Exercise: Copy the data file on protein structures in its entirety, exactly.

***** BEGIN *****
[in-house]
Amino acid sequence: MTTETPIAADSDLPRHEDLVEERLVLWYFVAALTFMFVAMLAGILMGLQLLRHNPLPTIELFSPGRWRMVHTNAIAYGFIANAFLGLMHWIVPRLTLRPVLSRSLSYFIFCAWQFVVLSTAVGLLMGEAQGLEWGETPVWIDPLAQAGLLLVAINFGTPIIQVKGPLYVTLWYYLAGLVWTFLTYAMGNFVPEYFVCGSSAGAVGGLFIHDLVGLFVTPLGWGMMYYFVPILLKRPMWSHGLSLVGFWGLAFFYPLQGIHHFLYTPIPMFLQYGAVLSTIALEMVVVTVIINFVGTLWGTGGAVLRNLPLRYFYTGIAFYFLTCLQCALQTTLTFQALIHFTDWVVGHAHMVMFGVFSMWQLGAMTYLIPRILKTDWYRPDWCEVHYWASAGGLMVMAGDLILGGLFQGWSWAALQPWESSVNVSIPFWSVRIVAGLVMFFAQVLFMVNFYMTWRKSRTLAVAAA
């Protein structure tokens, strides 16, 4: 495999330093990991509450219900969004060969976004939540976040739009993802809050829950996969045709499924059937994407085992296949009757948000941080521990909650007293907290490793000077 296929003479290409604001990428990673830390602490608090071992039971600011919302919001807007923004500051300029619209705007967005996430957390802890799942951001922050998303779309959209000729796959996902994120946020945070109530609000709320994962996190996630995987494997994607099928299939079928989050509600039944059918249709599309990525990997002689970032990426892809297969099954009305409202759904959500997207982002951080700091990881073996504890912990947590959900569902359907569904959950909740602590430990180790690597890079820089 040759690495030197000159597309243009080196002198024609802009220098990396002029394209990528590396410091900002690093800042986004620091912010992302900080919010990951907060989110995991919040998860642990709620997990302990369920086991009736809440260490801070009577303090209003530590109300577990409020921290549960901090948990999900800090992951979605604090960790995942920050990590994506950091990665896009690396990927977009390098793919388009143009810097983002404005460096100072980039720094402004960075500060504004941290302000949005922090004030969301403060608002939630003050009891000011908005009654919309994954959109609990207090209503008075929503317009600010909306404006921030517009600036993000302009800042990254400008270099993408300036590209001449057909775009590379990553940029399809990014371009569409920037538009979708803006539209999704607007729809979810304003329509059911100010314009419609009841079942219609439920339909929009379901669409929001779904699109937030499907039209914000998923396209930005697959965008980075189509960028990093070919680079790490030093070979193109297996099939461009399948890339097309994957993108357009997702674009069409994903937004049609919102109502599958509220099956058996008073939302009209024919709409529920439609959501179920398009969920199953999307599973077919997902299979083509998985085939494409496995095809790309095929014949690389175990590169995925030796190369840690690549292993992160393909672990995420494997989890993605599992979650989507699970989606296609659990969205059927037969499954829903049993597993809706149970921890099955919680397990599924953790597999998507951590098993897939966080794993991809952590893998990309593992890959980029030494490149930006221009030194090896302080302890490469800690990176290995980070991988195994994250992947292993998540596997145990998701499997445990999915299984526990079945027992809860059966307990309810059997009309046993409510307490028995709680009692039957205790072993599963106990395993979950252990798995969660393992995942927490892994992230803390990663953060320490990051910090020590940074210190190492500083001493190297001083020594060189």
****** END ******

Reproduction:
[in-house]
Amino acid sequence: MTTETPIAADSDLPRHEDLVEERLVLWYFVAALTFMFVAMLAGILMGLQLLRHNPLPTIELFSPGRWRMVHTNAIAYGFIANAFLGLMHWIVPRLTLRPVLSRSLSYFIFCAWQFVVLSTAVGLLMGEAQGLEWGETPVWIDPLAQAGLLLVAINFGTPIIQVKGPLYVTLWYYLAGLVWTFLTYAMGNFVPEYFVCGSSAGAVGGLFIHDLVGLFVTPLGWGMMYYFVPILLKRPMWSHGLSLVGFWGLAFFYPLQGIHHFLYTPIPMFLQYGAVLSTIALEMVVVTVIINFVGTLWGTGGAVLRNLPLRYFYTGIAFYFLTCLQCALQTTLTFQALIHFTDWVVGHAHMVMFGVFSMWQLGAMTYLIPRILKTDWYRPDWCEVHYWASAGGLMVMAGDLILGGLFQGWSWAALQPWESSVNVSIPFWSVRIVAGLVMFFAQVLFMVNFYMTWRKSRTLAVAAA
């Protein structure tokens, strides 16, 4: 495999330093990991509450219900969004060969976004939540976040739009993802809050829950996969045709499924059937994407085992296949009757948000941080521990909650007293907290490793000077 296929003479290409604001990428990673830390602490608090071992039971600011919302919001807007923004500051300029619209705007967005996430957390802890799942951001922050998303779309959209000729796959996902994120946020945070109530609000709320994962996190996630995987494997994607099928299939079928989050509600039944059918249709599309990525990997002689970032990426892809297969099954009305409202759904959500997207982002951080700091990881073996504890912990947590959900569902359907569904959950909740602590430990180790690597890079820089 040759690495030197000159597309243009080196002198024609802009220098990396002029394209990528590396410091900002690093800042986004620091912010992302900080919010990951907060989110995991919040998860642990709620997990302990369920086991009736809440260490801070009577303090209003530590109300577990409020921290549960901090948990999900800090992951979605604090960790995942920050990590994506950091990665896009690396990927977009390098793919388009143009810097983002404005460096100072980039720094402004960075500060504004941290302000949005922090004030969301403060608002939630003050009891000011908005009654919309994954959109609990207090209503008075929503317009600010909306404006921030517009600036993000302009800042990254400008270099993408300036590209001449057909775009590379990553940029399809990014371009569409920037538009979708803006539209999704607007729809979810304003329509059911100010314009419609009841079942219609439920339909929009379901669409929001779904699109937030499907039209914000998923396209930005697959965008980075189509960028990093070919680079790490030093070979193109297996099939461009399948890339097309994957993108357009997702674009069409994903937004049609919102109502599958509220099956058996008073939302009209024919709409529920439609959501179920398009969920199953999307599973077919997902299979083509998985085939494409496995095809790309095929014949690389175990590169995925030796190369840690690549292993992160393909672990995420494997989890993605599992979650989507699970989606296609659990969205059927037969499954829903049993597993809706149970921890099955919680397990599924953790597999998507951590098993897939966080794993991809952590893998990309593992890959980029030494490149930006221009030194090896302080302890490469800690990176290995980070991988195994994250992947292993998540596997145990998701499997445990999915299984526990079945027992809860059966307990309810059997009309046993409510307490028995709680009692039957205790072993599963106990395993979950252990798995969660393992995942927490892994992230803390990663953060320490990051910090020590940074210190190492500083001493190297001083020594060189």